The Case for Environmental Education

Just as service learning has been proven an effective way for students to learn, develop valuable skills and retain concepts, the utilization of environmental education in the classroom as a “connecting thread” or context for other academic disciplines has also been shown to be educationally beneficial.

Studies show...

In its 2002 publication, Education & The Environment/Strategic Initiatives for Enhancing Education in California, the California Department of Education made several important points about the key to excellence in education. “A main element, generally agreed on, is that integrating subjects aids learning. For that reason, integrated education and cross-subject instructional materials have proliferated.”

The report concludes that environmental education can be used effectively to connect many subjects within curriculum. “[It] pulls together the existing curriculum into a sensible and tangible whole. Learning parallels the ‘real world’ by combining academic disciplines (English and language arts, mathematics, science, history and social science, visual and performing arts) in investigating the local environment, defining and assessing issues, and creating and communicating solutions.”

Environmental education also...

  • Emphasizes depth of understanding over breadth, as determined by a joint study published in 2000 by two major environmental education organizations.1 The study showed that students involved in environmental education efforts improve math and reading scores, perform better in science and social studies, are more fully able to transfer their familiar learning into unfamiliar contexts, and learn to "do science," rather than just "learn about science."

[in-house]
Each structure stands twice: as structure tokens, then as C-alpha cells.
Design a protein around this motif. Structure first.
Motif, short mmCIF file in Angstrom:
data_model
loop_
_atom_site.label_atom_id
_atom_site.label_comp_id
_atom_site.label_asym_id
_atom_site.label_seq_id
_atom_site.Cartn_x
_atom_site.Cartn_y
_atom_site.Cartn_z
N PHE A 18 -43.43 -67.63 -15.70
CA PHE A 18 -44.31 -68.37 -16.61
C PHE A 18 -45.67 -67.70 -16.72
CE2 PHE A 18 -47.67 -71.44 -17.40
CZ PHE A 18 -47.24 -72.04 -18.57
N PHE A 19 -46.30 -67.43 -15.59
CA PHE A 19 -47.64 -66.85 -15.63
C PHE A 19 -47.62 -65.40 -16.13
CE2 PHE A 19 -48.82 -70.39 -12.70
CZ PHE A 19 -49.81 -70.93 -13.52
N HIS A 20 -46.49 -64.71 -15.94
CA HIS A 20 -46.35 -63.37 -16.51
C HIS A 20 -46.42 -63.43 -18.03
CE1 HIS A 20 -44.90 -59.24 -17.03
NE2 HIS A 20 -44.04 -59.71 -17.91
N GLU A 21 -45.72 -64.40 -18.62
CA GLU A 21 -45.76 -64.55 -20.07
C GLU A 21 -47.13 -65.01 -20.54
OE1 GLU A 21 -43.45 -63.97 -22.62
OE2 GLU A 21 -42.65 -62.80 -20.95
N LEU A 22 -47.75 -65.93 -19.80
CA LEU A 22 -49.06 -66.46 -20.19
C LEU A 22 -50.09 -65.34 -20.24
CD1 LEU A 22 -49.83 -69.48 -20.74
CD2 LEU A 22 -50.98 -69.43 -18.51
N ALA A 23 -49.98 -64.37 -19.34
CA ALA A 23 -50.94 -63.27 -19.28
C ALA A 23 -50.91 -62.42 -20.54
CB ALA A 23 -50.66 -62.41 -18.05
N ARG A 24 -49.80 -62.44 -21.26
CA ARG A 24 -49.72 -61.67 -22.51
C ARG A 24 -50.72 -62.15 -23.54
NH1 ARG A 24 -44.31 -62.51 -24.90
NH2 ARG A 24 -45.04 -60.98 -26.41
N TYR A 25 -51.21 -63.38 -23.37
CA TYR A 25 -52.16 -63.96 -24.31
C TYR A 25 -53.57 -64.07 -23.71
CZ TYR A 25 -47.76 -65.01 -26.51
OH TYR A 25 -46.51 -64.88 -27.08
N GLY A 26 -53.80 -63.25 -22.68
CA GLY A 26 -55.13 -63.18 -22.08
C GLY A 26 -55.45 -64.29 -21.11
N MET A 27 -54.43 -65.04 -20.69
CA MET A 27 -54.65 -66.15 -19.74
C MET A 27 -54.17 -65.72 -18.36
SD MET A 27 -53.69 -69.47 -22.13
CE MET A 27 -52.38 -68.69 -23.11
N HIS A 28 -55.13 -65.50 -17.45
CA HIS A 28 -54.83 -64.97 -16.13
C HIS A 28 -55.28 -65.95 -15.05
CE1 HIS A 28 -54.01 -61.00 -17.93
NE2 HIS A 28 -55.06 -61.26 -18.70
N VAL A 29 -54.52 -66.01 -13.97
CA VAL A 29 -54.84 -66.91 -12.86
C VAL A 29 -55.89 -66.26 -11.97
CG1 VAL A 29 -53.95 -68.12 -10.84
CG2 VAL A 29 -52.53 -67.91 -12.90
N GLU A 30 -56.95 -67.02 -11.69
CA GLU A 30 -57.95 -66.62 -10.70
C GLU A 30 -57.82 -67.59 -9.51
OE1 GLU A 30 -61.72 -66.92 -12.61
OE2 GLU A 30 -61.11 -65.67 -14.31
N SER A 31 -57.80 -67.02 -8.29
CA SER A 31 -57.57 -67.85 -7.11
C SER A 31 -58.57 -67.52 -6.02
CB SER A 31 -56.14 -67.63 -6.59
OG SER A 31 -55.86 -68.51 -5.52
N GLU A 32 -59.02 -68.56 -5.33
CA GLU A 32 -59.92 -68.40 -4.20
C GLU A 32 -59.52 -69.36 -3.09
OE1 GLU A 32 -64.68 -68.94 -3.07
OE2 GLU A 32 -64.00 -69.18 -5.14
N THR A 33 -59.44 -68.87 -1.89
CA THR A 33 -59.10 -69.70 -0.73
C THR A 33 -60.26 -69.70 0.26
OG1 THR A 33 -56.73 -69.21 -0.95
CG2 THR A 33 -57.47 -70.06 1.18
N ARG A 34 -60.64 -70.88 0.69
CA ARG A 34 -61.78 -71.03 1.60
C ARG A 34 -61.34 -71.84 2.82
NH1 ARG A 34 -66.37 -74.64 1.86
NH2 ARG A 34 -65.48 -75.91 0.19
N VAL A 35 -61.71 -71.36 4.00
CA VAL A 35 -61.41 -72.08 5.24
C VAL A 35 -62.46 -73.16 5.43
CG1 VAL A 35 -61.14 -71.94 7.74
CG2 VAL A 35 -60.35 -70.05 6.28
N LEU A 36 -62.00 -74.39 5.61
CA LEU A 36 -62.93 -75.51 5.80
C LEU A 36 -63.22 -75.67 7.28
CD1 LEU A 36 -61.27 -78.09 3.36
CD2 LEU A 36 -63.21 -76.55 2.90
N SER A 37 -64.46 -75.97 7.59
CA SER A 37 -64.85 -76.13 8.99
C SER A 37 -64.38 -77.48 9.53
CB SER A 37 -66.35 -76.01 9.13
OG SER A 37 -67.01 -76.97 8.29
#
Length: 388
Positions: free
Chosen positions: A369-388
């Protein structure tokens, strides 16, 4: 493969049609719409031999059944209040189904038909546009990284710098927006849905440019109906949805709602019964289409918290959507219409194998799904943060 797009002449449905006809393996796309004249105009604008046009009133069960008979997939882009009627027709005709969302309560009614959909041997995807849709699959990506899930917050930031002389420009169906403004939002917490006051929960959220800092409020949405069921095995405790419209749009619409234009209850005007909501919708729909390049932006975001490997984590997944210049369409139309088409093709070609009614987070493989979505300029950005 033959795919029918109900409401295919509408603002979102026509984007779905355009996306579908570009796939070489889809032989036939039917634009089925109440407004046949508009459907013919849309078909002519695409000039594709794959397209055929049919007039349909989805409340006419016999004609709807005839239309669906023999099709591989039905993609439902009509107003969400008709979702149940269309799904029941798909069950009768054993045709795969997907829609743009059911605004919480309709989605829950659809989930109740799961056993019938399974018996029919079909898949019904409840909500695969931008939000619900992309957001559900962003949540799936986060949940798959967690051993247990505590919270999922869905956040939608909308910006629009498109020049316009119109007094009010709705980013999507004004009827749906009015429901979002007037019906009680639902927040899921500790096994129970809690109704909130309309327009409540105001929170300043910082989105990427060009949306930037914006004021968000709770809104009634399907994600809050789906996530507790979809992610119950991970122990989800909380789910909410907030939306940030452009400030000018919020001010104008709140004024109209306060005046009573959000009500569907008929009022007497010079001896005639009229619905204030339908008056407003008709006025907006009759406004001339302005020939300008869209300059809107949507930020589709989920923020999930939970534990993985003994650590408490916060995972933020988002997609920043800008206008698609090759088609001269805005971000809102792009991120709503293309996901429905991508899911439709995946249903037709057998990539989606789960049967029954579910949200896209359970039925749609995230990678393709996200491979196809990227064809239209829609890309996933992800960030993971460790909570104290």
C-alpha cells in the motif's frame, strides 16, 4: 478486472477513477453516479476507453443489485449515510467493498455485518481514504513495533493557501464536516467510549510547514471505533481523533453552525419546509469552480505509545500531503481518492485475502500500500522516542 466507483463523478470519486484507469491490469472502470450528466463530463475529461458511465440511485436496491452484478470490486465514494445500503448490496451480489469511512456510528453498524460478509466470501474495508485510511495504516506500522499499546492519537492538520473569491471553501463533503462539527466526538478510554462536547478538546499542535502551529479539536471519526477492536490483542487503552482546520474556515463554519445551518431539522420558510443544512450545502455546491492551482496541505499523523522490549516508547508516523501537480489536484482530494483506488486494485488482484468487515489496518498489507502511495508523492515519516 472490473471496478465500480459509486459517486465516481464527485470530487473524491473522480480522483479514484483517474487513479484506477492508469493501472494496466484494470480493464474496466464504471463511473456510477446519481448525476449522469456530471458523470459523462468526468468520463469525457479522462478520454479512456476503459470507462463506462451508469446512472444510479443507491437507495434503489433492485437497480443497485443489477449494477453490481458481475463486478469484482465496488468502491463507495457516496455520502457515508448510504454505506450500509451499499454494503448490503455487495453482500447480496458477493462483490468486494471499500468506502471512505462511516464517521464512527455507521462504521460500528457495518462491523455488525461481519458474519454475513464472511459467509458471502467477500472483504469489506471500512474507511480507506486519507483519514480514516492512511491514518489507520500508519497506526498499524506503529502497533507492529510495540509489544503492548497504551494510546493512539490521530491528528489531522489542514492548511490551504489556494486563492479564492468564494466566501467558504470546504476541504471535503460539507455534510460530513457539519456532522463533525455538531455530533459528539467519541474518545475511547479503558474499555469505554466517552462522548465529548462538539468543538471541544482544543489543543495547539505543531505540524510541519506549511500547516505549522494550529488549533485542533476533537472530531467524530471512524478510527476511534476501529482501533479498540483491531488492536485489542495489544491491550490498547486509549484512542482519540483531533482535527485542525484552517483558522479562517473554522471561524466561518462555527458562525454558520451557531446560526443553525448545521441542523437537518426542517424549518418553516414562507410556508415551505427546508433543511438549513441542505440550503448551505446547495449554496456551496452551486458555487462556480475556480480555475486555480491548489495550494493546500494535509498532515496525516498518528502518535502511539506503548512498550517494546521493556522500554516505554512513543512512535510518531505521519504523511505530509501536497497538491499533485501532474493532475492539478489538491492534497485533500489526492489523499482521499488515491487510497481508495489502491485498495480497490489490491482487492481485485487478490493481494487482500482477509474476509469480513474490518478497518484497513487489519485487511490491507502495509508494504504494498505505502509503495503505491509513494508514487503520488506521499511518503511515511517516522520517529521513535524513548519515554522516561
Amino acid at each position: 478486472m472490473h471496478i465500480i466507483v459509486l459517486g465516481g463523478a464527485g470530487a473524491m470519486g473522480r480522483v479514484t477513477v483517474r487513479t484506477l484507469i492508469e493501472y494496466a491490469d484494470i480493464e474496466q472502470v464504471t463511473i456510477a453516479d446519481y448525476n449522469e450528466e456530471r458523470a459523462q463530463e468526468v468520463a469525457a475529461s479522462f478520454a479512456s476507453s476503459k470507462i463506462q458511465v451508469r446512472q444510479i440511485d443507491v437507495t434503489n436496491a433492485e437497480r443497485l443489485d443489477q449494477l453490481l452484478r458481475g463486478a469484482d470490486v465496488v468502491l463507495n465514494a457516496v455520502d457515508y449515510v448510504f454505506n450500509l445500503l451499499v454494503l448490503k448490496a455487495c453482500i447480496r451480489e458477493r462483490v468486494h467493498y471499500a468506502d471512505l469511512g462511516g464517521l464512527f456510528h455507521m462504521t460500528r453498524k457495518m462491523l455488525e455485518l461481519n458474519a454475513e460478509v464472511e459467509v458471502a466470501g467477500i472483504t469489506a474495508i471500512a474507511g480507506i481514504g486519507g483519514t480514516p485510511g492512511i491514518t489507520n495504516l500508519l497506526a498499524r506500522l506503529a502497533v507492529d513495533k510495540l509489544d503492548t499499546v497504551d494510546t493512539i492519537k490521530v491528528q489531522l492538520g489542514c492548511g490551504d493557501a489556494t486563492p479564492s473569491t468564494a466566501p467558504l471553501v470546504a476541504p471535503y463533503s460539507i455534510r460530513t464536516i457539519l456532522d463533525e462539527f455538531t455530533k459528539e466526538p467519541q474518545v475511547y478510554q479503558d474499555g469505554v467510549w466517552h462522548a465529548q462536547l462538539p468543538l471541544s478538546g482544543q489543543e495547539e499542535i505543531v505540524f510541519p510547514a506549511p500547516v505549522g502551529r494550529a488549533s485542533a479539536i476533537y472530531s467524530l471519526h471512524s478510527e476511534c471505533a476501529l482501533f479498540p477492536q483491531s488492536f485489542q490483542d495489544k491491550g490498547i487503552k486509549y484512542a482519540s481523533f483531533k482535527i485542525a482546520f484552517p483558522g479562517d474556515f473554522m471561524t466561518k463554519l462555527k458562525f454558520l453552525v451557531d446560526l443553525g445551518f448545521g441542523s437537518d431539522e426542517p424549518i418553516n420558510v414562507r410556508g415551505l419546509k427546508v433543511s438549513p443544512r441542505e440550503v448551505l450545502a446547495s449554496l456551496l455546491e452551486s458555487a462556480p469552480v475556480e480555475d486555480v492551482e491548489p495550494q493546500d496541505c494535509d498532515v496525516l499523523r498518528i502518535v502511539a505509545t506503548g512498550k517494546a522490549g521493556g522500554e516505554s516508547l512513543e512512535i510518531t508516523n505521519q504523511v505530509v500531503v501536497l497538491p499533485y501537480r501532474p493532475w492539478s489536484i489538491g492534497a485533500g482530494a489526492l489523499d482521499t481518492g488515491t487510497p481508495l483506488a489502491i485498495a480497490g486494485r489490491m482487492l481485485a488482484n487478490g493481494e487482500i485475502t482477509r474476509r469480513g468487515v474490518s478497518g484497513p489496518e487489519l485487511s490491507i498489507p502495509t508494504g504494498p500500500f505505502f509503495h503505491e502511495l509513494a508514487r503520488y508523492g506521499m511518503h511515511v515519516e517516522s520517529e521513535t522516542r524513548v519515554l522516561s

• Utilizes group work, a skill critical in higher grades and in the workforce. In 1999 the National Business Education Association noted that it seeks "employees who can work in teams, create analytical reports, interpret data and make decisions," all skills developed through environmental service learning.
  • Cultivates critical-thinking and problem-solving skills, as students measure what they learn in the classroom against real-world situations, a continuous feedback loop that promotes flexibility, teamwork and leadership.
  • Nurtures community involvement and active citizenship—the backbone of our democratic government. The Western Governors’ Association has declared, "Beginning with the nation's youth, people need to understand their relationship with the environment. They need to understand the importance of sustaining and enhancing their surroundings for themselves and future generations. If we are able to achieve a healthy environment, it will be because citizens understand that a healthy environment is critical to the social and economic health of the nation." Environmental service learning projects strengthen students' relationship to community, and make them want to be active participants in creating meaningful change.

A March 2000 study2 funded by the California Department of Education paired eight conventionally structured California schools with eight demographically similar schools that had reorganized their curriculum to use the environment as an integrating context for learning. These latter schools used proven educational practices, but emphasized the local community and natural surroundings as the primary venue for learning. Students in the schools using the environment-based model earned higher scores on standardized tests than their counterparts in more traditional settings.

[1] The National Environmental Education & Training Forum and the North American Association for Environmental Education.

[2] Lieberman, G., & Hoody, L. (2000). California Student Assessment Project: The Effects of Environment-based Education on Student Achievement. San Diego California: State Education & Environment Roundtable.